At king Eurystheus' hests, and from my sons 580
Death not averted? How shall I be called
Herakles the Victorious, as of old?


Chorus.

'Tis just the father should defend the sons,
The grey sire, and the yokemate of his life.


Amphitryon.

Son, worthy of thee it is to love thy friends, 585
To hate thy foes: yet be not over rash.


Herakles.

Herein what showeth, father, haste unmeet?

Amphitryon.

The king hath many an ally, lackland knaves,
Fellows that have a name that they are rich,
Who sowed sedition, ruining the land, 590
To plunder neighbours, since their own estates,
Squandered by wasteful idleness, were gone.
Thou wast seen entering Thebes: since thou wast seen,
Let not foes gather, and thou fall unwares.


Herakles.

Though all the city saw me, nought reck I. 595
Yet, since I marked a bird in ominous place,
I knew that trouble on mine house had fallen,
And of set purpose entered secretly.


Amphitryon.

Go now, and hail thine hearth-gods with fair speech,
And show thy face to thine ancestral halls. 600
Himself, yon king, shall come to hale thy wife
And sons for murder, and to slaughter me.
If here thou bide, shall all go well with thee,
And thou shalt gain by surety. Stir not up
Thy city, ere thou hast ordered all things well. 605


Herakles.

I will: well said. I pass mine halls within.
Returned at last from sunless nether crypts
Of Hades and The Maid,[12] I will not slight
The Gods, but hail them first beneath my roof.

Amphitryon.

Son, didst thou verily go to Hades' halls? 610


Herakles.

Yea; the three-headed hound I brought to light.


Amphitryon.

Vanquished in fight, or by the Goddess given?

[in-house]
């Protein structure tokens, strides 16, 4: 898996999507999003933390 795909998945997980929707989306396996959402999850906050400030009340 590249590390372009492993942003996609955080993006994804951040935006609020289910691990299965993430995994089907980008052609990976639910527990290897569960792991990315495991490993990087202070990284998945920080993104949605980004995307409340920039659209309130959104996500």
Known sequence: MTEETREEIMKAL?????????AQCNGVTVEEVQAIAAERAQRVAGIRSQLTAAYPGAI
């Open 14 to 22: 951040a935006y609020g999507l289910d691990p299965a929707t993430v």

Herakles.

In fight. I had seen the Mysteries—well for me!


Amphitryon.

How, is the monster in Eurystheus' halls?


Herakles.

Nay, in Demeter's Grove, in Hermion's town. 615


Amphitryon.

Nor knows Eurystheus thou art risen to day?


Herakles.

Nay; hither first, to know your state, I came.


Amphitryon.

How wast thou so long time beneath the earth?


Herakles.

From Hades rescuing Theseus, tarried I.


Amphitryon.

Where is he? Hath he passed to his fatherland? 620

Herakles.

To Athens, glad to have 'scaped the underworld.
Come, children, follow to the house your sire;
For fairer to you is your entering-in
Than your outgoing. Nay then, pluck up heart,
And shed the tear-floods from your eyes no more; 625
And rally thou, my wife, thy fainting spirit:
From trembling cease: and ye, let go my cloak.
I am no winged thing, nor would I fly my friends.
Ha!
These let not go, but hang upon my cloak
Only the more! Was doom so imminent then? 630
E'en must I lead them clinging to mine hands,
As ship that tows her boats. Not I reject
Care of my sons. Men's hearts be all like-framed:
They love their babes, as well the nobler sort,
As they that are but naught. In wealth they differ; 635
These have, those lack: their children all men love.